The OLC’s Teen Services Division created the James Cook Book Award: Celebrating Diversity in Teen Literature in 2007. The award was created in memory James Cook, a Teen Specialist at Dayton Metro Library, who was well-known in the library community as an advocate for teens, diversity, and teen literature. The award recognizes a book that promotes and celebrates cultural, ethnic, or social diversity. The winning books feature a teen as one of the main characters; demonstrate excellence in writing; promote cultural, ethnic, or social diversity; and have a wide appeal to a teen audience.
The Norman A. Sugarman Children’s Biography Award was established in 1998 to honor excellence in the field of biography for children. The Sugarman Award was established by Joan G. Sugarman in memory of her husband, Norman A. Sugarman, a prominent tax attorney who was born and raised in Cleveland and later served in Washington, D.C. The Sugarman Award is given biennially by Cleveland Public Library and presented to a writer and/or illustrator of a new biography for children’s grades Kindergarten through 8th grade. The Award is presented in April in alternate years in celebration of National Library Week. It is for a work published in the previous two calendar years.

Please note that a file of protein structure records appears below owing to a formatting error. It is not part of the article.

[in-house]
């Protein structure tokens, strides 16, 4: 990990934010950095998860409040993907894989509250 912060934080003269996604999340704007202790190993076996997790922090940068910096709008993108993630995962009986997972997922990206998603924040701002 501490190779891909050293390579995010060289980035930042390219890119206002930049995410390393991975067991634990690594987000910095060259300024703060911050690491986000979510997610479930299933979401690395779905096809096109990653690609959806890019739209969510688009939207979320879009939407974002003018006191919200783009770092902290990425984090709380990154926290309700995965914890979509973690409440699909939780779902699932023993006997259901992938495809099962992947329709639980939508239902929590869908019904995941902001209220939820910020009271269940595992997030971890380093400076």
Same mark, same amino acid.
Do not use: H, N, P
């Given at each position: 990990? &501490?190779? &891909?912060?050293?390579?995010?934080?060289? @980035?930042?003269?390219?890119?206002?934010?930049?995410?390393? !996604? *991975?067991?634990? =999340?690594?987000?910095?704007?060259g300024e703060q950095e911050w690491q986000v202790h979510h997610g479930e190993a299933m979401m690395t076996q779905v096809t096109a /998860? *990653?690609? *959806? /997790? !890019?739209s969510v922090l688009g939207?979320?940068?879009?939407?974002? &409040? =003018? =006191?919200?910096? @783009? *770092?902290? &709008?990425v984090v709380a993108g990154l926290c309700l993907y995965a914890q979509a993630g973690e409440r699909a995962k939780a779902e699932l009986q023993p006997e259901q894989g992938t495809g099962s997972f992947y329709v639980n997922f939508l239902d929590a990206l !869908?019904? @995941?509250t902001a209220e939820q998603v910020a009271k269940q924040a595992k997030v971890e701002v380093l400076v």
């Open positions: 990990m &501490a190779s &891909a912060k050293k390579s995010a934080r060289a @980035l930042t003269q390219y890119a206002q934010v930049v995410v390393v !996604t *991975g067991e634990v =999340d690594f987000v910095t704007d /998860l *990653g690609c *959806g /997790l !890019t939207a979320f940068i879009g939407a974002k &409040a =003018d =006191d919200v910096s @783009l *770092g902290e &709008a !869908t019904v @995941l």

The Ohioana Book Awards are the second oldest, and among the most prestigious, state literary prizes in the nation. Nearly every notable Ohio writer of the past 78 years has been honored. The first Ohioana Book Award, presented in 1942, was given in the category of nonfiction to James Reston’s Prelude to Victory. Awards for juvenile literature and fiction were first presented in 1943, followed in 1944 by poetry and “book about Ohio/Ohioan,” and in 2014, middle grade/young adult literature. To these juried awards, a Readers’ Choice Award was added in 2016, allowing readers to choose their favorite book from among the finalists selected by judges.
Awarded annually, the Thurber Prize for American Humor is one of the highest recognitions of humor writing in the United States. A panel of national judges selects three finalists from eight or nine semi-finalists. Previously held in New York City, the Thurber Prize returned to its hometown roots—Columbus, Ohio—beginning in 2018.
The submission period for this grant has ended.